Is your workplace inclusive? Fact or Cap!
Does everyone feel welcomed, included, seen, heard, and valued? Then it's a FACT!
If CAP, you might be in a non-inclusive work environment.
What can you do to make your workplace feel like a more inclusive environment?
Things To Watch Out For
Look for these signs to see if your workplace is non-inclusive:
people are treated better or worse because of their background or abilities
praise and opportunities are given only to the same types of people
team events and work shifts are scheduled to favor certain employees
managers don't listen to employee concerns or ask for their input
important information and resources are kept away from employees
colleagues respond to each other in a condescending or patronizing tone
Bullying and Harassment
verbal abuse, inappropriate comments, gossip, and/or microaggressions
sexual and gender-based harassment
deliberate exclusion of one or many employees due to race, gender, etc.
Lack of Leadership & Collaboration
taking credit for others' ideas and work
micromanaging tasks and interfering with other people's duties
singling people out or scapegoating them for mistakes
You hear some comments during your workday from your manager and colleagues. Which comments are signs of a non-inclusive workplace?
"Whoa YOU speak German?!"
"Thanks for your great efforts on this!"
"You're slow to catch on."
"We'd like you to tame your hairstyle."
Beware Of Unconscious Bias
Unconscious biases are attitudes and stereotypes accumulated throughout life that can influence our decision making, particularly when something must be decided quickly.
Unconscious biases limit the success of a workplace because they can lead to:
poor diversity in hiring and leadership positions
incorrect assumptions about people's abilities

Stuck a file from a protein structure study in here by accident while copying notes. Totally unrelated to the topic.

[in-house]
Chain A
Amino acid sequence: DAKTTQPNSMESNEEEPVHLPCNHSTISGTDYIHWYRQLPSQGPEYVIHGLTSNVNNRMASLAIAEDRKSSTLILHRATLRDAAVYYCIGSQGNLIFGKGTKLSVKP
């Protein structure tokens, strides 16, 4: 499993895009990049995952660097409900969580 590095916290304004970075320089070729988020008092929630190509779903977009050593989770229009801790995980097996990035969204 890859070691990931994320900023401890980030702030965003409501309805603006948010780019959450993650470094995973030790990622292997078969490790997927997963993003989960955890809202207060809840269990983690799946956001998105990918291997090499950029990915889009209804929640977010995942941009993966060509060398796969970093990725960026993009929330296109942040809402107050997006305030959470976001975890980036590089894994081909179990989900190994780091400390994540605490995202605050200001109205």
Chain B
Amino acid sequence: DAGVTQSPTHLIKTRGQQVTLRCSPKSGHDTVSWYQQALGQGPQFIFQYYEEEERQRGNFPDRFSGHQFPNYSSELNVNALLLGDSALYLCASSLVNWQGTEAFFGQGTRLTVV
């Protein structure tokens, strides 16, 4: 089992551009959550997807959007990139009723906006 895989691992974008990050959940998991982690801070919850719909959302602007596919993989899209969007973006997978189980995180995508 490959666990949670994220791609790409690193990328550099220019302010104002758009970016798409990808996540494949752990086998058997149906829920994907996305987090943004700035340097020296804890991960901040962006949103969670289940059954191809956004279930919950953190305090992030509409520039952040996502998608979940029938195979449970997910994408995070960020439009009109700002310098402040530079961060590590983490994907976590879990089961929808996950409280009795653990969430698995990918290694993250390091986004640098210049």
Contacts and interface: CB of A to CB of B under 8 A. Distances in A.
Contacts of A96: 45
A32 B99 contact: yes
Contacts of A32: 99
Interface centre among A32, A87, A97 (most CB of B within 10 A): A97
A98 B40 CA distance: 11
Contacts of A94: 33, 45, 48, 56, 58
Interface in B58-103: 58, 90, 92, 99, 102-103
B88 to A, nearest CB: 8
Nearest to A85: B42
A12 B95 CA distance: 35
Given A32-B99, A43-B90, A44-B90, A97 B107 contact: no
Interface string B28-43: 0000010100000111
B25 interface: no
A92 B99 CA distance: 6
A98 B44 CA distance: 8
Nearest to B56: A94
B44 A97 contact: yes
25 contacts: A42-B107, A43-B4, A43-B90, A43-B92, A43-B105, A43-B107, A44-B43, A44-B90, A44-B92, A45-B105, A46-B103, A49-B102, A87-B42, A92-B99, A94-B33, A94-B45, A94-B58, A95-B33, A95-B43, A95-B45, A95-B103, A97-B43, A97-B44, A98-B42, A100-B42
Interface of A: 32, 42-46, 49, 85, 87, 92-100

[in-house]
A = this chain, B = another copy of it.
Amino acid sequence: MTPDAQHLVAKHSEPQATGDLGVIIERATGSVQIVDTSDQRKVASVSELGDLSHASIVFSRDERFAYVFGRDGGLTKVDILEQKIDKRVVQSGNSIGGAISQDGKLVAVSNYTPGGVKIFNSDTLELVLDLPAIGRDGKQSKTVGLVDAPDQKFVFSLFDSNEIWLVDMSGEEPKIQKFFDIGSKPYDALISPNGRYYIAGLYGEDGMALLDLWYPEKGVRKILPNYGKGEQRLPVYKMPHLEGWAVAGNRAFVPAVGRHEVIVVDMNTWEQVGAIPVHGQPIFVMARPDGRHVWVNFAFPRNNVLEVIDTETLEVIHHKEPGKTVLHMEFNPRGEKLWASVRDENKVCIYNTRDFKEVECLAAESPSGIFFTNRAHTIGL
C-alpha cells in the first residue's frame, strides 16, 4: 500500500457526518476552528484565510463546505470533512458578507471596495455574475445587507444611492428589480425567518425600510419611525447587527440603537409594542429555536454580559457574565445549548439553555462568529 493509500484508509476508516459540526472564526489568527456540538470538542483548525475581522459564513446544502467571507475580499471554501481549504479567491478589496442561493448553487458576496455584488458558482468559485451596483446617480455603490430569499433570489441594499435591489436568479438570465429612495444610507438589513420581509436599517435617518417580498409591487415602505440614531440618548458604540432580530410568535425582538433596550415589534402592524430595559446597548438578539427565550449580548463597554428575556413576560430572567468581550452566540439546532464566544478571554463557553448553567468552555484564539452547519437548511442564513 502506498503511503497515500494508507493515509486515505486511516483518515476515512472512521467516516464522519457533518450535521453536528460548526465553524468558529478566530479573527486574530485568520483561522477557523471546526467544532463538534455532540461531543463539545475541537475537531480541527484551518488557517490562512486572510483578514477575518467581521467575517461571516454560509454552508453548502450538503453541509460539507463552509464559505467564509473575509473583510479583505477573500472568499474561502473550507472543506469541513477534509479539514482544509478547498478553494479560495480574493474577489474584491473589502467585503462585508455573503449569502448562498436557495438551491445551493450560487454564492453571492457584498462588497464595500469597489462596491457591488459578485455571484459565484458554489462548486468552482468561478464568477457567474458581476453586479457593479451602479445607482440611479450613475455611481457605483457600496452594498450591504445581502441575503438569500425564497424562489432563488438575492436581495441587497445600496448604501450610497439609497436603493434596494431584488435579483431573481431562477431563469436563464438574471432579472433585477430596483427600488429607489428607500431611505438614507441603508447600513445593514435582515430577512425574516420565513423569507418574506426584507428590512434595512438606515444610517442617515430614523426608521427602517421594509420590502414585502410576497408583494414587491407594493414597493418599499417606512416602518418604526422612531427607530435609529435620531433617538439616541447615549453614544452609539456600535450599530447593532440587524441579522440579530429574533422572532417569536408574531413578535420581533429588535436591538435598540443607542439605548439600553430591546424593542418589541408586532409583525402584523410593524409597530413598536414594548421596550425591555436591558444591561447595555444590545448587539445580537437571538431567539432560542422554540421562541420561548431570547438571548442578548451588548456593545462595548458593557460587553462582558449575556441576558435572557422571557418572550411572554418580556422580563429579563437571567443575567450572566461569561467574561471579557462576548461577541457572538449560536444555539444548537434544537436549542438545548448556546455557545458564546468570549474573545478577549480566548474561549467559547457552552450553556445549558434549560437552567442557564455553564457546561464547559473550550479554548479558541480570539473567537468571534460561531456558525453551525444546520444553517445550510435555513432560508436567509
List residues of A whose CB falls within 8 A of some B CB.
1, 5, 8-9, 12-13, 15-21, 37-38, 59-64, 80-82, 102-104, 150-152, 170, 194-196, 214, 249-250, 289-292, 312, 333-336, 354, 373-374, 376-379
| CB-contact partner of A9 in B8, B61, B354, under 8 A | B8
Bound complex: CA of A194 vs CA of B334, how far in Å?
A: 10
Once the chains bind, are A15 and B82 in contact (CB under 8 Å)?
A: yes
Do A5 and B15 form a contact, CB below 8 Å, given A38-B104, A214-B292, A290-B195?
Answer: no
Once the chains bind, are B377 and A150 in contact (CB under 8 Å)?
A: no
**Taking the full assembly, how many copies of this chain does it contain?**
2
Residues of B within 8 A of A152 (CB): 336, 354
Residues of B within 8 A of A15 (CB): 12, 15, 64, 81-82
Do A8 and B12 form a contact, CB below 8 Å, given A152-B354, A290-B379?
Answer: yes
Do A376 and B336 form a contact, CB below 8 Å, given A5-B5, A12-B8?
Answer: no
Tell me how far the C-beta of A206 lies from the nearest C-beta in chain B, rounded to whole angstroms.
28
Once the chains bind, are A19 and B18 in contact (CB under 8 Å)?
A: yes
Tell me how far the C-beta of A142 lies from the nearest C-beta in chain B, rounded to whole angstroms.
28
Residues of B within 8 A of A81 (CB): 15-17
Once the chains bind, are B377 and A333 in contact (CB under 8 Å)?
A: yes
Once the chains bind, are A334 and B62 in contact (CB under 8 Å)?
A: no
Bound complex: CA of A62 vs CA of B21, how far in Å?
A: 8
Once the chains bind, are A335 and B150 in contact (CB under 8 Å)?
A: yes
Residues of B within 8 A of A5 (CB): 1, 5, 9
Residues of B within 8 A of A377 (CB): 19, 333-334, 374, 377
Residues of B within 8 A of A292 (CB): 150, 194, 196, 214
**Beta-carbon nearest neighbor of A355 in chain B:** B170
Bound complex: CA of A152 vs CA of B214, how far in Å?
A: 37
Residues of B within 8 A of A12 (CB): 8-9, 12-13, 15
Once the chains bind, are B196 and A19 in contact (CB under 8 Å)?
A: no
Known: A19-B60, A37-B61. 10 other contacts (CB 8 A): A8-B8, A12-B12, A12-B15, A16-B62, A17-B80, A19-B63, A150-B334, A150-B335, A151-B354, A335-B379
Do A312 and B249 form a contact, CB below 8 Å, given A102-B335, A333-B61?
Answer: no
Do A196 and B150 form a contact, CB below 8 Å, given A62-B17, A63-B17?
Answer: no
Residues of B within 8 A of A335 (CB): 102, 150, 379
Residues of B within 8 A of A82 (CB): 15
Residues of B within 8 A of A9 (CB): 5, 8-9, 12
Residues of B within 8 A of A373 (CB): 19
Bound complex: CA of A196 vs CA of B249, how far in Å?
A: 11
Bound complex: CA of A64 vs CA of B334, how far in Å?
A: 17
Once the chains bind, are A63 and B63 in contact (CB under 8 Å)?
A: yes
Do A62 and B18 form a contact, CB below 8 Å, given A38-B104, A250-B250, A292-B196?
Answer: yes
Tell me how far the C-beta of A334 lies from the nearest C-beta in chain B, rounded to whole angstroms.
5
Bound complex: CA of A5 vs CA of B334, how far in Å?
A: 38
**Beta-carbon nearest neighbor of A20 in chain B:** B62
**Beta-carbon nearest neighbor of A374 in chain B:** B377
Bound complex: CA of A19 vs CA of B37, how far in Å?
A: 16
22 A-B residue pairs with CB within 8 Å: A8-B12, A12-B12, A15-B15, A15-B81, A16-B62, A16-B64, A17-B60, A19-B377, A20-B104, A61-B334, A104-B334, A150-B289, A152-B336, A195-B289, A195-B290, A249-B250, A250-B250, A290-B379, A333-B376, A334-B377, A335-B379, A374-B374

dismissing potentially good ideas in favor of accepted (but not necessarily better) solutions
These blind spots can make employees feel unheard and undervalued. They'll be less willing to share ideas or collaborate on solutions.
Which of these comments reflect unconscious bias?
"Let's weigh the pros and cons of this."
"That's not how we do things here."
"Do you mind looking over this for me?"
"You're an assistant, what do you know?"
How To Promote An Inclusive Workplace
You can promote a more inclusive workplace by holding yourself and others accountable to diversity principles.
Will you speak up if you or your colleagues are being mistreated?
Will you treat everyone in your workplace with professionalism and courtesy?
Will you consider a colleague's ideas based on its merits, rather than your assumptions about or experiences with that person?
When you share your ideas with others, are you willing to get their input and feedback?
Are you willing to support and promote ideas that aren't your own?
Can you reflect on your biases and assumptions and not let them get in the way of making decisions?
Are you ready to do the work to make your workplace more inclusive?
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